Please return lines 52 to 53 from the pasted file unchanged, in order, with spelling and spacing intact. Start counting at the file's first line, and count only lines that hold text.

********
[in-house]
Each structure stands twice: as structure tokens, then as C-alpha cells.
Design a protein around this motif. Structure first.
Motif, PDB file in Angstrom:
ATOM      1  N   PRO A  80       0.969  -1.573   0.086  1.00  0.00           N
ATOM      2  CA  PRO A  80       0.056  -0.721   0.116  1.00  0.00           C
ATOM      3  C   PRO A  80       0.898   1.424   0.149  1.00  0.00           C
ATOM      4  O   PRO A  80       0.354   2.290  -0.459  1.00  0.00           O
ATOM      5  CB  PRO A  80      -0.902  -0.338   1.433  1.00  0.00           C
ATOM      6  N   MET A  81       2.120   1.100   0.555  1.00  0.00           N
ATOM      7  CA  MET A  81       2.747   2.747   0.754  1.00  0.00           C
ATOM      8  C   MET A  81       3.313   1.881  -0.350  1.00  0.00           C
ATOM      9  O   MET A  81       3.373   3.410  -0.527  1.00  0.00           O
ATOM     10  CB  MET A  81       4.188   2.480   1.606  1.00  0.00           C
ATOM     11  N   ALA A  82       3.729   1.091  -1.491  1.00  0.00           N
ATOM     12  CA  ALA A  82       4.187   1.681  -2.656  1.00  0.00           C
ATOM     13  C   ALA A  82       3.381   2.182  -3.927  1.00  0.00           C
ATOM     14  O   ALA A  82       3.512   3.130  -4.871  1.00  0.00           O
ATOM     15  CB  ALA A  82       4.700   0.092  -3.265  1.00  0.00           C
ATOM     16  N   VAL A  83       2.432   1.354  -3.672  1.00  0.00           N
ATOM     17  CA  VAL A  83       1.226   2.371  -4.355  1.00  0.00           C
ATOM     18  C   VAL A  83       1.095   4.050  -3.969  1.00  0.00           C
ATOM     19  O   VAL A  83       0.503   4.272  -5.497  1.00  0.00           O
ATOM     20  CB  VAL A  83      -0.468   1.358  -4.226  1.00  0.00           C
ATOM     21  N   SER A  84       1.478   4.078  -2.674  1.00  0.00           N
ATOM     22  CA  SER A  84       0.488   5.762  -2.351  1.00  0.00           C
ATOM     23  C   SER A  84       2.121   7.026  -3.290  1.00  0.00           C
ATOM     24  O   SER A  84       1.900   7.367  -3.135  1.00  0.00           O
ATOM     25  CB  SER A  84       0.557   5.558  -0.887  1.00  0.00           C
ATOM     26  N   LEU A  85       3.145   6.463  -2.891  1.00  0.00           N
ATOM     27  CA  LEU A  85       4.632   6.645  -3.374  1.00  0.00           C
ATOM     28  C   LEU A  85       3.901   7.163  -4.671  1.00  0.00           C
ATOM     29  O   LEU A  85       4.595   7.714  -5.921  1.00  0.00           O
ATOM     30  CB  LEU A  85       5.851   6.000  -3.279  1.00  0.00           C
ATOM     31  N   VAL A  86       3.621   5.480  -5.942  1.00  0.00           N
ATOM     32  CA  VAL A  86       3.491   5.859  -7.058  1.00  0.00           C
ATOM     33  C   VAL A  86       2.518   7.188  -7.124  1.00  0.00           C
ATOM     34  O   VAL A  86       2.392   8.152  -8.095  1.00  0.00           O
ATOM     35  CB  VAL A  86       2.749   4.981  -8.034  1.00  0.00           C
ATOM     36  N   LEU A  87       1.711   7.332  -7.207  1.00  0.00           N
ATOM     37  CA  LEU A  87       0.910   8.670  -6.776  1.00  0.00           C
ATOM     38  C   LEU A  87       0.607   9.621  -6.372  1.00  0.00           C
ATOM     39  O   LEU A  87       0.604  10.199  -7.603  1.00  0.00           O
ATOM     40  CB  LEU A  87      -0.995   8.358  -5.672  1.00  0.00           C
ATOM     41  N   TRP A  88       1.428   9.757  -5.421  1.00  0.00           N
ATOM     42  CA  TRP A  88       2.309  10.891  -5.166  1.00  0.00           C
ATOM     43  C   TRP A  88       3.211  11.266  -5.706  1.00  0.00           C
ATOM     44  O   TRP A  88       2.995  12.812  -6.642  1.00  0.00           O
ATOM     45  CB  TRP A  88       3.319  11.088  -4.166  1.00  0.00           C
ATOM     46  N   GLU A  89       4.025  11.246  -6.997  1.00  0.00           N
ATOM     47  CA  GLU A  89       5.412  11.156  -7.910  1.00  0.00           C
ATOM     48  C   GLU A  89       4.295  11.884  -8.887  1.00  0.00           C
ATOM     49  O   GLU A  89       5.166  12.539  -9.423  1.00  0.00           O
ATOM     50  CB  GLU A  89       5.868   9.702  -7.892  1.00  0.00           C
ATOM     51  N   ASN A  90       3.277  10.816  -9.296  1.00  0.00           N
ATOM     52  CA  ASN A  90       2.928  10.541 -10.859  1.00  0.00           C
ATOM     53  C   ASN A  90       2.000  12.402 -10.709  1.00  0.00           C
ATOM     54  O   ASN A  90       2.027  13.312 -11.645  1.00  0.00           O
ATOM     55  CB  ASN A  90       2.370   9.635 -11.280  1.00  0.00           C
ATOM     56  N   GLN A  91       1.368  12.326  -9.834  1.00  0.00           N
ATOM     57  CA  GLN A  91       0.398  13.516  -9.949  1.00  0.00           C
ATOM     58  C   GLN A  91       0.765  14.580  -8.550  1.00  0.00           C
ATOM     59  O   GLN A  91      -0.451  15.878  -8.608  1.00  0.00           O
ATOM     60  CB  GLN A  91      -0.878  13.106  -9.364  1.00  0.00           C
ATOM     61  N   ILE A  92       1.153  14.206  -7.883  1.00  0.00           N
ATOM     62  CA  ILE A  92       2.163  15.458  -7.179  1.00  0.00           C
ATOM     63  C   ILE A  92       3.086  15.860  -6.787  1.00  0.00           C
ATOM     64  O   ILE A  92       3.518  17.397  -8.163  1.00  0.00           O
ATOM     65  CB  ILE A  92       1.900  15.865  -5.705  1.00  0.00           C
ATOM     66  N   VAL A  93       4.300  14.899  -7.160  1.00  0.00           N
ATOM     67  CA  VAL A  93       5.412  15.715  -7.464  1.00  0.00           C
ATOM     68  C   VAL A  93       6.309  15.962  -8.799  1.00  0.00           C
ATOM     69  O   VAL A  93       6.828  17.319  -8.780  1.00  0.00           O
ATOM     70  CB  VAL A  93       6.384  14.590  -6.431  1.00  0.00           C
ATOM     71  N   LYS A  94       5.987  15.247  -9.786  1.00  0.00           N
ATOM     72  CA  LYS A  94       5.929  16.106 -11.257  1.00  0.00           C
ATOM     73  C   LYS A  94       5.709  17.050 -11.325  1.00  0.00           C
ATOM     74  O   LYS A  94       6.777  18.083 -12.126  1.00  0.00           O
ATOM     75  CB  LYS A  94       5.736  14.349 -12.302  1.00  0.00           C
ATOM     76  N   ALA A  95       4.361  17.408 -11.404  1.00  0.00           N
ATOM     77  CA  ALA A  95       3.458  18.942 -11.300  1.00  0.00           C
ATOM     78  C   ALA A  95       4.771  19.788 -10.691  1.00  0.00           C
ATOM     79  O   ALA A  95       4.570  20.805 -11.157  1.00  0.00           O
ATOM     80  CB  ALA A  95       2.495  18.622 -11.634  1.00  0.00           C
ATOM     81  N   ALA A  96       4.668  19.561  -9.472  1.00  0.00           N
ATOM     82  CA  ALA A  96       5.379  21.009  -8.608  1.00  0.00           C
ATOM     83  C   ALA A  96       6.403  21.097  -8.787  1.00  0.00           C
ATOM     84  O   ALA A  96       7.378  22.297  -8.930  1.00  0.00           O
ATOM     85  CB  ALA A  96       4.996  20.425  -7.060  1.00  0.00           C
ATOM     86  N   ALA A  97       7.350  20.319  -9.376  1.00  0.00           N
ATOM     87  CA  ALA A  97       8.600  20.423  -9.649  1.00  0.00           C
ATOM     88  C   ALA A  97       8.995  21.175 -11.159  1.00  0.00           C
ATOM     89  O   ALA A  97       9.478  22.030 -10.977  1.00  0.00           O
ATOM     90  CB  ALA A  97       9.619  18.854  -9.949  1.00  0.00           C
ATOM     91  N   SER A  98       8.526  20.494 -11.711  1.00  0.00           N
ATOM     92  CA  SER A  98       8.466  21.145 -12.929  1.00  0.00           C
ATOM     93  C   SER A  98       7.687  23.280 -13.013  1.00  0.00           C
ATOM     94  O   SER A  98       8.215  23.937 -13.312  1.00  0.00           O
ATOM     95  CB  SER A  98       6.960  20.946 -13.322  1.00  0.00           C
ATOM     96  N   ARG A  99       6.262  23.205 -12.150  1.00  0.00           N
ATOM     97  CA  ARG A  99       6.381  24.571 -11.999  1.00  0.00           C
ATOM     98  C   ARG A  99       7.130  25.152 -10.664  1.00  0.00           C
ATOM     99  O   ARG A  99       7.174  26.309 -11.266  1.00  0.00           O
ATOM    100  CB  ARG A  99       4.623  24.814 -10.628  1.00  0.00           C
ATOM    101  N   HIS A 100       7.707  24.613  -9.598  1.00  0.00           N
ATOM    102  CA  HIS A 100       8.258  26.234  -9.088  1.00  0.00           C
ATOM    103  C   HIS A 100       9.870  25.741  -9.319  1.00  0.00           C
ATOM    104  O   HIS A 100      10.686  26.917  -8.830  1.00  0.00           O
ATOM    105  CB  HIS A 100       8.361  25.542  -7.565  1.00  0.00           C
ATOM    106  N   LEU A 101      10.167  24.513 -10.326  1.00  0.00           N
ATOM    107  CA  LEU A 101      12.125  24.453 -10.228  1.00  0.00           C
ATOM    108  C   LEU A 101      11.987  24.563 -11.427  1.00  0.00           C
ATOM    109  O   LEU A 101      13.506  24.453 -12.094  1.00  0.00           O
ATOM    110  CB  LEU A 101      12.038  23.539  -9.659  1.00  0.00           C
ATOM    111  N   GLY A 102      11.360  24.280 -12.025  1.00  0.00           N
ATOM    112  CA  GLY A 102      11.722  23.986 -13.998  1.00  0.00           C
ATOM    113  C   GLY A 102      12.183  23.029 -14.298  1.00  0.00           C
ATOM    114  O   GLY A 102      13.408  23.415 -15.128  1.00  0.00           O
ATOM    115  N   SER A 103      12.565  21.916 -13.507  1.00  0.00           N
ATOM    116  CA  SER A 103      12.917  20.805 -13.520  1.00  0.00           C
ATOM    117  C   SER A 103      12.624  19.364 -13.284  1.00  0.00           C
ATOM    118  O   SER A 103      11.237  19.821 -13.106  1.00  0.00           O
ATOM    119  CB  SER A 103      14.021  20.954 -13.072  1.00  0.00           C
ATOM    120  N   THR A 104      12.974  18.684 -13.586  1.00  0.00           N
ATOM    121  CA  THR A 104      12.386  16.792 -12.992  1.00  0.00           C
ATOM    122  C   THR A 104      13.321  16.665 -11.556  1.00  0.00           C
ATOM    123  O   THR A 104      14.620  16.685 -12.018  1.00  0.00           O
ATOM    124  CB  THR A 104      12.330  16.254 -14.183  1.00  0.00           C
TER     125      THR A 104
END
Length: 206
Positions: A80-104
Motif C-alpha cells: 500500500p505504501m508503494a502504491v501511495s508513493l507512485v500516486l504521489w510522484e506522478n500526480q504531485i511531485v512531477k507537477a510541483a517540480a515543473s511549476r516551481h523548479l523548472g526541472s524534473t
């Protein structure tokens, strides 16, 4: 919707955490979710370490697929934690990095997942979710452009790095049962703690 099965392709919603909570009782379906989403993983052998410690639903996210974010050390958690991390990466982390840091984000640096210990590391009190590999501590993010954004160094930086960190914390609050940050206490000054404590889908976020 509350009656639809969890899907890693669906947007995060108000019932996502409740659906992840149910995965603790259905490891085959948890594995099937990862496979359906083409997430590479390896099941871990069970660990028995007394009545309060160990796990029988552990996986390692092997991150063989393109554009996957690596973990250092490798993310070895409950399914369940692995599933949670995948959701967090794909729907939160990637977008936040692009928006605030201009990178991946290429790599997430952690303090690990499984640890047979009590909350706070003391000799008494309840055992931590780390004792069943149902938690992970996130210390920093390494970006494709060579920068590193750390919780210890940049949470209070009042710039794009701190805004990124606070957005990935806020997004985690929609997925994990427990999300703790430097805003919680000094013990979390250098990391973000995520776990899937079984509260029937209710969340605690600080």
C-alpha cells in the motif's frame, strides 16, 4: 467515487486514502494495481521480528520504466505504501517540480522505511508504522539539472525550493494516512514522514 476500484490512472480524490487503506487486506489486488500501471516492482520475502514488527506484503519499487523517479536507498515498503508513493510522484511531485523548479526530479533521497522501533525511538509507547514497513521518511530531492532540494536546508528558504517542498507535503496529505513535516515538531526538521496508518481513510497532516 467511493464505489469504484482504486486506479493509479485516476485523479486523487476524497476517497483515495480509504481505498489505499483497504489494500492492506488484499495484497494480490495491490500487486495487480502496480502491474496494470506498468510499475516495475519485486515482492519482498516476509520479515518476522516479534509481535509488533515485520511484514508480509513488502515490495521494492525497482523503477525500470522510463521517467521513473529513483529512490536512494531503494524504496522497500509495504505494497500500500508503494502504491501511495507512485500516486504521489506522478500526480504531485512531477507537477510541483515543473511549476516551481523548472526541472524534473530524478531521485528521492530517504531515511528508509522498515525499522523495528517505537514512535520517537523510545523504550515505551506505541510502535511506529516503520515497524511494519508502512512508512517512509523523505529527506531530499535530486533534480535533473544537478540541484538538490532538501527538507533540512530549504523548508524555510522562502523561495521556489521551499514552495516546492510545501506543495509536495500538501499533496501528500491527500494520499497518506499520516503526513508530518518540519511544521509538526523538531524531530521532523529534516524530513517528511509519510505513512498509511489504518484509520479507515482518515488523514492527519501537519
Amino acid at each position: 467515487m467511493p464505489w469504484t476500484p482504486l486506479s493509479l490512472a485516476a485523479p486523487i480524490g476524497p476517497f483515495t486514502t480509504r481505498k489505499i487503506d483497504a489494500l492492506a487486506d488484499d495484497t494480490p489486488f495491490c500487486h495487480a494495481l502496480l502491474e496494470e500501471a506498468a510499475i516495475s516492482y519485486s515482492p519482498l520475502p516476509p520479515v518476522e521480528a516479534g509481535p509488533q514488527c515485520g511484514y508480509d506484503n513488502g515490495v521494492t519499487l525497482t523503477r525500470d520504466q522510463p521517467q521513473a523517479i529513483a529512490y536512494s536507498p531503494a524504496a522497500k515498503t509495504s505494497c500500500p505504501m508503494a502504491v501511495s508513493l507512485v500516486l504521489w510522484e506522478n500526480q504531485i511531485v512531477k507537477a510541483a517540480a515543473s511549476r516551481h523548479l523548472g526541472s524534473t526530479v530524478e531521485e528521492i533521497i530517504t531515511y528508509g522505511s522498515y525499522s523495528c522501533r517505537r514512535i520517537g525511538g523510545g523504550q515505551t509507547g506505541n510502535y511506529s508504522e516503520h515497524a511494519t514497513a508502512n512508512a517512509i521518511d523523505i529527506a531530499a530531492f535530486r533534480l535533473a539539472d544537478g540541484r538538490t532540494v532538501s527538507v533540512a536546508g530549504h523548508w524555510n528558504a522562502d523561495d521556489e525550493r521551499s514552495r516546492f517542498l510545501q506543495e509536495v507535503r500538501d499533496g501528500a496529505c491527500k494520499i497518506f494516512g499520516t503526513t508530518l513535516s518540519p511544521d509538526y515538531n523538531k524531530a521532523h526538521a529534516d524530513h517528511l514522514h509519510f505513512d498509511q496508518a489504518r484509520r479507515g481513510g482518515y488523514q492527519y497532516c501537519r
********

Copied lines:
ATOM     48  C   GLU A  89       4.295  11.884  -8.887  1.00  0.00           C
ATOM     49  O   GLU A  89       5.166  12.539  -9.423  1.00  0.00           O